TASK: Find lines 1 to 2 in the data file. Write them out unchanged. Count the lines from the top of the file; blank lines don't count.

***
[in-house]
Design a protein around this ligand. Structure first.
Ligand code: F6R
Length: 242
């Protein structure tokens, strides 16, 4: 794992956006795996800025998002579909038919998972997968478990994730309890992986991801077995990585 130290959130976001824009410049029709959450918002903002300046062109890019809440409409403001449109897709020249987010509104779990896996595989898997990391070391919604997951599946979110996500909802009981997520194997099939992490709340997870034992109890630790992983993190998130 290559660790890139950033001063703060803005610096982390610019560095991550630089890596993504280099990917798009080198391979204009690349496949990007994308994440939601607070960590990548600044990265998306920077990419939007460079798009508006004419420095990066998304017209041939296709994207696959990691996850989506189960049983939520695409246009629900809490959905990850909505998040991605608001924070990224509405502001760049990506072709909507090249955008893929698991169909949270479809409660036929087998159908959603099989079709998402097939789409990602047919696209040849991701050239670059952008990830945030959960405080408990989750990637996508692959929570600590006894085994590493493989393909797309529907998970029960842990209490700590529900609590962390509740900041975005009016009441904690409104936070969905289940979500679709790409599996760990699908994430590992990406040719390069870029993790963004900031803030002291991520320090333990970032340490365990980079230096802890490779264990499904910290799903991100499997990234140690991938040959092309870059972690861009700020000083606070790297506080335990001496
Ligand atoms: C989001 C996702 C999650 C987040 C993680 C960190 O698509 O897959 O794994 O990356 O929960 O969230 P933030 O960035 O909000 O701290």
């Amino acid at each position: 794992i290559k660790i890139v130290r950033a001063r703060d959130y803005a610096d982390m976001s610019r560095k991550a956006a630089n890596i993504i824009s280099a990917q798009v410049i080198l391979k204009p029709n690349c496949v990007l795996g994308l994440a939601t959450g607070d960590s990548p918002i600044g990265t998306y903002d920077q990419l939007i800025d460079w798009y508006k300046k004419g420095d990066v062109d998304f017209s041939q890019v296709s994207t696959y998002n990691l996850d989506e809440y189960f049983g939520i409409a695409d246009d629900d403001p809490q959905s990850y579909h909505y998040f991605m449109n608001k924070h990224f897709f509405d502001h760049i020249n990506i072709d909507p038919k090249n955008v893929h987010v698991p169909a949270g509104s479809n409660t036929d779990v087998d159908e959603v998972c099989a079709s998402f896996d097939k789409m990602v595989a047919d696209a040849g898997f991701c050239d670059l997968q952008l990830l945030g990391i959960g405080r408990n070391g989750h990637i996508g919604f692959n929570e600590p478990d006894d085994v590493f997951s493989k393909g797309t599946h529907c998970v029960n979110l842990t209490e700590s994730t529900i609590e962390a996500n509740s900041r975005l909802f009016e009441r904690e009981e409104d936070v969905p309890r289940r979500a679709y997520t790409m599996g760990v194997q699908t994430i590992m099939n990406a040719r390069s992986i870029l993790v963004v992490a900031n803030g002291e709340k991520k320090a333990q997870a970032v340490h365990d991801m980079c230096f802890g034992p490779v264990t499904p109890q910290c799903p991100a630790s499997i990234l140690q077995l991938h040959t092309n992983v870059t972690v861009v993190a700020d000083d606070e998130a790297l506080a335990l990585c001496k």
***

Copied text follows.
[in-house]
Design a protein around this ligand. Structure first.